I first read about a phenomenon known as “parasitic” architecture in 2006 shortly after beginning my undergraduate architecture program. New, contemporary additions constructed on old, often traditional homes were popping up all over architecture magazines and online publications. Images came pouring in of brightly colored metal additions on old brick homes and all-glass additions constructed on traditional homes were all the rage. These kinds of radical architectural designs are still prominent and popular for now, but modern architects have been questioning the validity and necessity behind such outlandish designs. Are architects just creating bizarre forms for public attention or to attempt winning architectural awards, or are they truly being sincere in their attempts to create a new kind of beautiful?
While a new floor plan or a new façade style can be intriguing, even attractive, clients and architects alike must remember to consider the flow of a home and how the design serves and delights the occupants of each space. If functionality is crucial to you as a home buyer, and it should be, always imagine how you would use a space now as well as how you would use the same space five or ten years from now. Will you eventually want to rearrange walls? Will main spaces like the kitchen and living spaces serve you and your guests well over time or do they limit how you’ll operate day to day?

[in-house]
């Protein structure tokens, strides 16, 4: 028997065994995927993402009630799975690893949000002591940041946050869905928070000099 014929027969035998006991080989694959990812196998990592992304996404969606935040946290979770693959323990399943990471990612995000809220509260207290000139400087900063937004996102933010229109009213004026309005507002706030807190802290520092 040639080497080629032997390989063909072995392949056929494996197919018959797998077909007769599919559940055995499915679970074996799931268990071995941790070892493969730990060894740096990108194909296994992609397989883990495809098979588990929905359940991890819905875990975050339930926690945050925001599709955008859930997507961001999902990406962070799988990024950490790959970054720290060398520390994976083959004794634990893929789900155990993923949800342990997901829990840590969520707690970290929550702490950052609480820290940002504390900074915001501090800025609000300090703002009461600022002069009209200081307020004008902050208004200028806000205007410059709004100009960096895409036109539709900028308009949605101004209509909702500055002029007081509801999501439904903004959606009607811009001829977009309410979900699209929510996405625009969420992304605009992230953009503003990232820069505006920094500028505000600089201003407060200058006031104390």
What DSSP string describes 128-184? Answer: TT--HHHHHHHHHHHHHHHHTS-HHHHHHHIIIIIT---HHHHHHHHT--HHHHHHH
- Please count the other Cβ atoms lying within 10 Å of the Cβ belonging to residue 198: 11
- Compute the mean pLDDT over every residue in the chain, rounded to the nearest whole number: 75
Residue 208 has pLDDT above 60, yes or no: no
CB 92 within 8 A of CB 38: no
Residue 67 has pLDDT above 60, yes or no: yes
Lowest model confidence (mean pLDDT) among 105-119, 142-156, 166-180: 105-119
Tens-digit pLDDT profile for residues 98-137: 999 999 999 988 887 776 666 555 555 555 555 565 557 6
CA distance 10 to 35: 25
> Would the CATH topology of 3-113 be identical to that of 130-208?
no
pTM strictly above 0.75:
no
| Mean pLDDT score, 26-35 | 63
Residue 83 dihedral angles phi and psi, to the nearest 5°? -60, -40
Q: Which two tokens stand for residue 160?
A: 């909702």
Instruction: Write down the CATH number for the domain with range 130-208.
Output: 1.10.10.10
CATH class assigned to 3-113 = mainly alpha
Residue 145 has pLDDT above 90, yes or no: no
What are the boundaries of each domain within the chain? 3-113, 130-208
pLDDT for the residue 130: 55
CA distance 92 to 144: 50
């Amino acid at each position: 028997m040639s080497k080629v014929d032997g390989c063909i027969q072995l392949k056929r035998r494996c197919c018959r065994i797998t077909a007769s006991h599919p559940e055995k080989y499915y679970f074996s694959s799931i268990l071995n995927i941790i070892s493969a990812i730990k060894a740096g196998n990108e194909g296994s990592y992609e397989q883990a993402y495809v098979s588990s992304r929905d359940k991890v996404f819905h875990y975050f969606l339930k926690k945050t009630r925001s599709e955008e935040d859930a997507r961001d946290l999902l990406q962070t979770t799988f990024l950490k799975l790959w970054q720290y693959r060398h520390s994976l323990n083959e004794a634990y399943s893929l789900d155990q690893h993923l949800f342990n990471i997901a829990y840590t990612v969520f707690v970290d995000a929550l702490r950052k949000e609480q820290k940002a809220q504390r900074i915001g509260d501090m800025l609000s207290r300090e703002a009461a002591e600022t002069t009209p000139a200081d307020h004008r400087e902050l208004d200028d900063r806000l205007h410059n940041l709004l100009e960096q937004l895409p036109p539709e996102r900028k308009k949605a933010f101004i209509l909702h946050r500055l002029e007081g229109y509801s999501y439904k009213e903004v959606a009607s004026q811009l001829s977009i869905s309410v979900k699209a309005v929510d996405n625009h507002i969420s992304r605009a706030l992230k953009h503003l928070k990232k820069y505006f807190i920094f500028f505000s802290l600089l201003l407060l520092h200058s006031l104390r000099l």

As an Architect, I treat each space I design as a member of the family I’m designing for. Every space should have an intentional relationship with occupants full of functional options. If a room can only be arranged one way that room will eventually bore the occupants over time. Like a marriage, homes need to be grounded in purpose, flexible in function, and not simply based on looks. Beware of those trendy trends!
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